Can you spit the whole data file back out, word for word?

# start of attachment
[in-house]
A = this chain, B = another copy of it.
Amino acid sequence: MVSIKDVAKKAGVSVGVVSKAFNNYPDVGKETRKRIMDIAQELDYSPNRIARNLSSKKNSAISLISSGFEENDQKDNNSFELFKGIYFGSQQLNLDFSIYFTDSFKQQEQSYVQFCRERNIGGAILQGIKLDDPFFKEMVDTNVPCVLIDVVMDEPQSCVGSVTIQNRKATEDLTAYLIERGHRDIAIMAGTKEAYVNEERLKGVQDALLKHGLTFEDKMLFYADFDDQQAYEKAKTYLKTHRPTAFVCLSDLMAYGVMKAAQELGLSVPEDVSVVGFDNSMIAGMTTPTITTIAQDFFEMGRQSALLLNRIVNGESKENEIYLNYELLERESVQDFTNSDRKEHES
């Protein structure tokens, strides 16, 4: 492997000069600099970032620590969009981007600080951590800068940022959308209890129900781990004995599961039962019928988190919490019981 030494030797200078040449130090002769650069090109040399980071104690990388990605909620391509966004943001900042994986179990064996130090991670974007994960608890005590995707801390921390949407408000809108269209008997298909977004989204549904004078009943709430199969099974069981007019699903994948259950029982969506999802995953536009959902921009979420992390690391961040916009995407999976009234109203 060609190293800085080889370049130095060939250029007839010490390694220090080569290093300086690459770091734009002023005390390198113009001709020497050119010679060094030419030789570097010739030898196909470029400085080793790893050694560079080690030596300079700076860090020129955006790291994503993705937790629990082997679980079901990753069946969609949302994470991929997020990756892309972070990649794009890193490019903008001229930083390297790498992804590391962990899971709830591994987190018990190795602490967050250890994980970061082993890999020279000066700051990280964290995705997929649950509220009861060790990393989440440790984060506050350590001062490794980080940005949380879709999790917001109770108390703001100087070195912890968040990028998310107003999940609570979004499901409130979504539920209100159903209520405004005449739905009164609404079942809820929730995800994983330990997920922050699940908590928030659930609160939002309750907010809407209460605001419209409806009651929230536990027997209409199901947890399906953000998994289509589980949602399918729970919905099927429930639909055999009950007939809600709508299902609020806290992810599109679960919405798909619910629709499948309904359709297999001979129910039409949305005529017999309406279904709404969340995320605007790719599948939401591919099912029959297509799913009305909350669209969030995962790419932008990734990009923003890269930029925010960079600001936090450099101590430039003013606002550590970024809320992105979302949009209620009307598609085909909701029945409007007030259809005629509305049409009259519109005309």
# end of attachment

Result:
[in-house]
A = this chain, B = another copy of it.
Amino acid sequence: MVSIKDVAKKAGVSVGVVSKAFNNYPDVGKETRKRIMDIAQELDYSPNRIARNLSSKKNSAISLISSGFEENDQKDNNSFELFKGIYFGSQQLNLDFSIYFTDSFKQQEQSYVQFCRERNIGGAILQGIKLDDPFFKEMVDTNVPCVLIDVVMDEPQSCVGSVTIQNRKATEDLTAYLIERGHRDIAIMAGTKEAYVNEERLKGVQDALLKHGLTFEDKMLFYADFDDQQAYEKAKTYLKTHRPTAFVCLSDLMAYGVMKAAQELGLSVPEDVSVVGFDNSMIAGMTTPTITTIAQDFFEMGRQSALLLNRIVNGESKENEIYLNYELLERESVQDFTNSDRKEHES
């Protein structure tokens, strides 16, 4: 492997000069600099970032620590969009981007600080951590800068940022959308209890129900781990004995599961039962019928988190919490019981 030494030797200078040449130090002769650069090109040399980071104690990388990605909620391509966004943001900042994986179990064996130090991670974007994960608890005590995707801390921390949407408000809108269209008997298909977004989204549904004078009943709430199969099974069981007019699903994948259950029982969506999802995953536009959902921009979420992390690391961040916009995407999976009234109203 060609190293800085080889370049130095060939250029007839010490390694220090080569290093300086690459770091734009002023005390390198113009001709020497050119010679060094030419030789570097010739030898196909470029400085080793790893050694560079080690030596300079700076860090020129955006790291994503993705937790629990082997679980079901990753069946969609949302994470991929997020990756892309972070990649794009890193490019903008001229930083390297790498992804590391962990899971709830591994987190018990190795602490967050250890994980970061082993890999020279000066700051990280964290995705997929649950509220009861060790990393989440440790984060506050350590001062490794980080940005949380879709999790917001109770108390703001100087070195912890968040990028998310107003999940609570979004499901409130979504539920209100159903209520405004005449739905009164609404079942809820929730995800994983330990997920922050699940908590928030659930609160939002309750907010809407209460605001419209409806009651929230536990027997209409199901947890399906953000998994289509589980949602399918729970919905099927429930639909055999009950007939809600709508299902609020806290992810599109679960919405798909619910629709499948309904359709297999001979129910039409949305005529017999309406279904709404969340995320605007790719599948939401591919099912029959297509799913009305909350669209969030995962790419932008990734990009923003890269930029925010960079600001936090450099101590430039003013606002550590970024809320992105979302949009209620009307598609085909909701029945409007007030259809005629509305049409009259519109005309």